Making long distance work

The rain is falling so hard as I type this that it looks like a single sheet of water and I witness a man trying to extricate his recycling bin from a tree in the 80mph wind. I laugh. I can usually see the imposing Norman towers of Exeter Cathedral from my bedroom window but today they are draped in a drab camouflage of grey that renders them invisible. Despite this I know that even though they are no longer visible, they are still faithfully dissecting the city skyline  as they have been for over 900 years. This is the same way that I feel about long distance relationships, I can’t see my wife but I know that she is there and I know that the clouds will lift and I will be able to see her again. We currently live 3153 miles apart and we are only seeing each other once every 2-3 months due to the cost of flights and primarily our limited amount of vacation time. Due to delays at the US Citizen and Immigration Service (USCIS) we have been waiting over 8 months already for my Visa so I can emigrate to the US (more info about that here http://www.nytimes.com/2014/02/09/us/program-benefiting-some-immigrants-extends-visa-wait-for-others.html?referrer ). 

A week together at the moment involves handing over large amounts of sterling or dollars and a seven hour flight usually sat in the aisle seat next to someone who has put the whole of Belgium into their carry on and despises you for requiring a small part of the overhead locker for your modest backpack. I digress here and will leave the joys of modern flight to a future blog entry (fat man in seat 32C on flight BA212 you have been warned)! When you are in a Transatlantic relationship time together usually involves a large amount of time on Skype and little else. We manage to set aside date nights several times a week and ignore the rest of the world to spend some much needed time together. We are also able to text regularly via Whatsapp. Despite all this there is little better than receiving a handwritten letter in the post for having a physical reminder of your partner. I’ve found that since I started dating my wife that as someone in a long distance relationship you cherish all of the time that you get together and that you never take each other for granted. This is one of the few advantages of the long distance relationship.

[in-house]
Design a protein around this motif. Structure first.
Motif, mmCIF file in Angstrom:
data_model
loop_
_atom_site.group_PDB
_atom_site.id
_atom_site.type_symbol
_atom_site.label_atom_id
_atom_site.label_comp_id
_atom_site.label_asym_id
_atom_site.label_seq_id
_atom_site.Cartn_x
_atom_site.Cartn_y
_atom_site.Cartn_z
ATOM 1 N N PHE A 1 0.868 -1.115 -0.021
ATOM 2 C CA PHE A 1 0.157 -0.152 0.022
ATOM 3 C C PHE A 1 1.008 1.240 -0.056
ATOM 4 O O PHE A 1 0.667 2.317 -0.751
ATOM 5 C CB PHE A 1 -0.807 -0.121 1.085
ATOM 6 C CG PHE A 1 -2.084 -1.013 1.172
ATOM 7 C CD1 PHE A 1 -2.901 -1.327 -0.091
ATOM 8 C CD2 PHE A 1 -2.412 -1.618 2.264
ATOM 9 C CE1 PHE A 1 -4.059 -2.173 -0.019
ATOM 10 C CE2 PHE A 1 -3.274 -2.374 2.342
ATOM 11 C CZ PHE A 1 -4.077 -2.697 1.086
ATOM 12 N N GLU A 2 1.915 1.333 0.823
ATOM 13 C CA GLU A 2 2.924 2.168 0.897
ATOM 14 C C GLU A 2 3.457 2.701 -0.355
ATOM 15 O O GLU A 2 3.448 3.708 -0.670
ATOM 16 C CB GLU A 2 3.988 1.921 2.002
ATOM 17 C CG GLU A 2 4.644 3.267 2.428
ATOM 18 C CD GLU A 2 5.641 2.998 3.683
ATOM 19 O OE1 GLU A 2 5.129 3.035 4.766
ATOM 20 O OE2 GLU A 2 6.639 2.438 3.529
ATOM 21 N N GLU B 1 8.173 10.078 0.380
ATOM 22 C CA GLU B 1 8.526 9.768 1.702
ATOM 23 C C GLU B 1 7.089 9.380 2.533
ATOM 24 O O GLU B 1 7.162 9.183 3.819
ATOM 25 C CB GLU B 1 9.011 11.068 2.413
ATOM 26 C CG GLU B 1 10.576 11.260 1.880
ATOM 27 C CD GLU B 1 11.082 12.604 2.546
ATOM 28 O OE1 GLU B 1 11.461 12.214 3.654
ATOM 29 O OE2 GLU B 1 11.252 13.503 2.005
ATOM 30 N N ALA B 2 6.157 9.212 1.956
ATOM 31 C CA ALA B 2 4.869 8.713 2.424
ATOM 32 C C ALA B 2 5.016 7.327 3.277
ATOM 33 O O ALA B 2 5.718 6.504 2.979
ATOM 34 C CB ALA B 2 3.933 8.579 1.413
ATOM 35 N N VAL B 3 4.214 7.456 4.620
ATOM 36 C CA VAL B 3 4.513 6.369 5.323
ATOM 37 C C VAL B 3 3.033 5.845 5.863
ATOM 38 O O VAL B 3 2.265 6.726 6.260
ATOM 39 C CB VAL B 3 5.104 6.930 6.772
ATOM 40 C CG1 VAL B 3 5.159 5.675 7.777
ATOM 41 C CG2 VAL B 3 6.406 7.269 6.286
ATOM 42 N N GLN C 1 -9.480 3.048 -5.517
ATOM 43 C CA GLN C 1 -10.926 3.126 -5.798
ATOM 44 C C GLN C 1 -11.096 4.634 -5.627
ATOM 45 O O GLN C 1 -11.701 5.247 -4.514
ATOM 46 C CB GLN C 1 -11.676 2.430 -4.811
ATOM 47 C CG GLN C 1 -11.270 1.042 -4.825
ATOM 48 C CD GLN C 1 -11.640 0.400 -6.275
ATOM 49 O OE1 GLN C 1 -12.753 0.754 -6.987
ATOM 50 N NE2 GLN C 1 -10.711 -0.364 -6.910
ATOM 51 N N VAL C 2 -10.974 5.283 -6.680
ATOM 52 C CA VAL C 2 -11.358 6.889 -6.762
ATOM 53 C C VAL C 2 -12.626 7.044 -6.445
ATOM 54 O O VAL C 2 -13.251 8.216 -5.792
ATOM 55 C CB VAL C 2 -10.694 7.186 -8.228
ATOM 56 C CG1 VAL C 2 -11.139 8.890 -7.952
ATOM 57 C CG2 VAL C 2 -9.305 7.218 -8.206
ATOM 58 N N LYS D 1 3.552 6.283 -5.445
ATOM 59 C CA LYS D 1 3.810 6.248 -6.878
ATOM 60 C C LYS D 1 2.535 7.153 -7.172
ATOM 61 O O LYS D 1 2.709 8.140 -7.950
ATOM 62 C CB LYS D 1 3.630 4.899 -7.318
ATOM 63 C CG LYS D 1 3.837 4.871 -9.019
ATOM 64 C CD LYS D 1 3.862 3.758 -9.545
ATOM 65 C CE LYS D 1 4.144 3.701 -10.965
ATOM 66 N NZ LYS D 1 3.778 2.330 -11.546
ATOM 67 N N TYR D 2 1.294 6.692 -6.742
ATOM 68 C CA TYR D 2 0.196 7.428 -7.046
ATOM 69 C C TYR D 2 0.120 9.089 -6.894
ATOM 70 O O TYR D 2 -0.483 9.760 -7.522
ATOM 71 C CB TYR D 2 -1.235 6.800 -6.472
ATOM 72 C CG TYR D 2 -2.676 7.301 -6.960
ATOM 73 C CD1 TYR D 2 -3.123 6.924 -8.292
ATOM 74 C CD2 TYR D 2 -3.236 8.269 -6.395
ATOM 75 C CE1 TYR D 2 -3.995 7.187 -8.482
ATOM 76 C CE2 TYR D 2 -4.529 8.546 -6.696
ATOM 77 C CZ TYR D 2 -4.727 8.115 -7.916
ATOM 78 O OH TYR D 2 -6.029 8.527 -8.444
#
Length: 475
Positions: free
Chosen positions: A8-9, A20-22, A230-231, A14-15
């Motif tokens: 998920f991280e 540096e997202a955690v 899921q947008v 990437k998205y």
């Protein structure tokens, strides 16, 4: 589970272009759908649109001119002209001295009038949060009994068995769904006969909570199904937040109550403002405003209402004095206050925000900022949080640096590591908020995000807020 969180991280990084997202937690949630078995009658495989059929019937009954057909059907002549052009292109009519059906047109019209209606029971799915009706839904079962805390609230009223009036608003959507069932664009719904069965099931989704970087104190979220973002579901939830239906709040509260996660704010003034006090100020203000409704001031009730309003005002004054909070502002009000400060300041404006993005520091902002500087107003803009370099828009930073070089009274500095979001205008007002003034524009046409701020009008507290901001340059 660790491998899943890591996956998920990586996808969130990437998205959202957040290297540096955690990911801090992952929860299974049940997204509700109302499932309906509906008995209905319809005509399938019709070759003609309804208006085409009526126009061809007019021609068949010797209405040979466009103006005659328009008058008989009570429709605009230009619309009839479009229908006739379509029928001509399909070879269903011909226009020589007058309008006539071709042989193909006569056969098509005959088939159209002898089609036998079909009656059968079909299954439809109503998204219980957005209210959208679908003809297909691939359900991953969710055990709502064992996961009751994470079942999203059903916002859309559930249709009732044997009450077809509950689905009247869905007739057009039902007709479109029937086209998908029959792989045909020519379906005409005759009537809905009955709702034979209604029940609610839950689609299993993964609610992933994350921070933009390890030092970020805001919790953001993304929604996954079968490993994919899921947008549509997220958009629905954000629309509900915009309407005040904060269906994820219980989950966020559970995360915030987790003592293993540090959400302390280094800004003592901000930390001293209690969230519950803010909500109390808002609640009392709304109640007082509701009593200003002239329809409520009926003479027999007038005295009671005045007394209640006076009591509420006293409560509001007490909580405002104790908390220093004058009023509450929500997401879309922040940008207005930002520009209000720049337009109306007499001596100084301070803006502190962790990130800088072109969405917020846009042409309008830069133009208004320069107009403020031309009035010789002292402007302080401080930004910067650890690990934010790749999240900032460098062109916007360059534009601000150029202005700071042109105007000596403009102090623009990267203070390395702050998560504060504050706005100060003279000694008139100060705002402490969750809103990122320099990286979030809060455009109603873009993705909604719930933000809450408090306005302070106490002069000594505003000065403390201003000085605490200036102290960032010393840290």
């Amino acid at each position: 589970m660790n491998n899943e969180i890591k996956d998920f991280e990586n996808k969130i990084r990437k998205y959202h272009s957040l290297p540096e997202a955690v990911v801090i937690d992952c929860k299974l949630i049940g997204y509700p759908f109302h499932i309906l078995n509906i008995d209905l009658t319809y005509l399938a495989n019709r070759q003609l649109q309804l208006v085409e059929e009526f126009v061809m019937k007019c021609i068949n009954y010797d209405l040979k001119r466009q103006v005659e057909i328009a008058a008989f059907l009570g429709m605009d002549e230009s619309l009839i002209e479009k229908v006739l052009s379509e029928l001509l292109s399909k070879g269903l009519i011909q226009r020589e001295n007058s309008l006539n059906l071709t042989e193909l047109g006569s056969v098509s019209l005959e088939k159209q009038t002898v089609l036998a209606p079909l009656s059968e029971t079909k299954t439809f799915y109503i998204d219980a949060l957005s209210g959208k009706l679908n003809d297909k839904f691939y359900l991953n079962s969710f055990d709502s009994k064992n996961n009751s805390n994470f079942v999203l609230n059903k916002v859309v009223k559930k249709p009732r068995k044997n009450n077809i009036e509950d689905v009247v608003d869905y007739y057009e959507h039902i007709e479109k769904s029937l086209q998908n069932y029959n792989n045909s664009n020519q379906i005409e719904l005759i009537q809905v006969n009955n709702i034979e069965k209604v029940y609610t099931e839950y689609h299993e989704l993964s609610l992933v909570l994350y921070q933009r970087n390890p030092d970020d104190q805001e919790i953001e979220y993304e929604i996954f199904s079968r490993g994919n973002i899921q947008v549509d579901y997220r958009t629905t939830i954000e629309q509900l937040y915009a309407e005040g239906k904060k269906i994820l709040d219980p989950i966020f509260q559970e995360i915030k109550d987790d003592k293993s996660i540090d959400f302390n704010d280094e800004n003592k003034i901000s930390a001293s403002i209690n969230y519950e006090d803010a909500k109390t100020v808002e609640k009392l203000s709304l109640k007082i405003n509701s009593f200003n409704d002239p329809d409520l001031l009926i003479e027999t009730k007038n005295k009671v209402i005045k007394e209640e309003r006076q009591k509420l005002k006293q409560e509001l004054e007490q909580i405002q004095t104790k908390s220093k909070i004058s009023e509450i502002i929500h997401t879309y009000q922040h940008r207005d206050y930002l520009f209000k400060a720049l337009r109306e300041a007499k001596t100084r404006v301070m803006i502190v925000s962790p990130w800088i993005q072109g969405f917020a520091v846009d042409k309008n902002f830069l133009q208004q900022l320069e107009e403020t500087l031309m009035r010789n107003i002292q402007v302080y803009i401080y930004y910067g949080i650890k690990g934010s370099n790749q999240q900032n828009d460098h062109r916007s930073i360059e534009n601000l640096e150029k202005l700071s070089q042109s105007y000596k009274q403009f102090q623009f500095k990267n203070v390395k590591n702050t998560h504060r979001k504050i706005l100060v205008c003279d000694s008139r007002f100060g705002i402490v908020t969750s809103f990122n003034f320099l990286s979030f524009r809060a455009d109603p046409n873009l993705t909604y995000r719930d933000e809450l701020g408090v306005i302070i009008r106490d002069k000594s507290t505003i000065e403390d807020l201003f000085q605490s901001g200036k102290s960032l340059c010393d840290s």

I find it irritating how some people try and belittle long distance relationships when they don’t understand them. I don’t want to be apart from my wife, I just have no other option at present. I have a friend who makes jokes about “Skype Sex” regularly. This is a single man for whom sex consists of masturbation aided by the internet and a pack of cheap tissues. I haven’t watched him pleasure himself by the way, I’m just extrapolating. My wife and I find that texting each other pictures and voice clips during the day makes it feel like we are there for each other. We’ve also joined a site called Visa Journey and there are many people in similar situations and a lot of mutual support and empathy going on. My advice to anyone who falls for someone in another country would be to think of what you get at the end, rather than the pain of the long distance stage. As anyone in a similar situation will know, long distance relationships are hard but if you are right for each other then you will make it work. Trust, love and mutual support can overcome anything, even the slowness of the US immigration system!

 

If you have been in a long distance relationship I’d love it if you could share any tips that made it easier for you. 

 

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2 thoughts on “Making long distance work

  1. Hi,

    I currently waiting for visa case number from nvc.. Somehow bump into this blog. For me what make it easy is keep myself busy, time will pass anyway. It still hard, i miss my husband very much everyday.. But hopefully within 3-4 months we will be together and i hope all the best for you and your spouse as well

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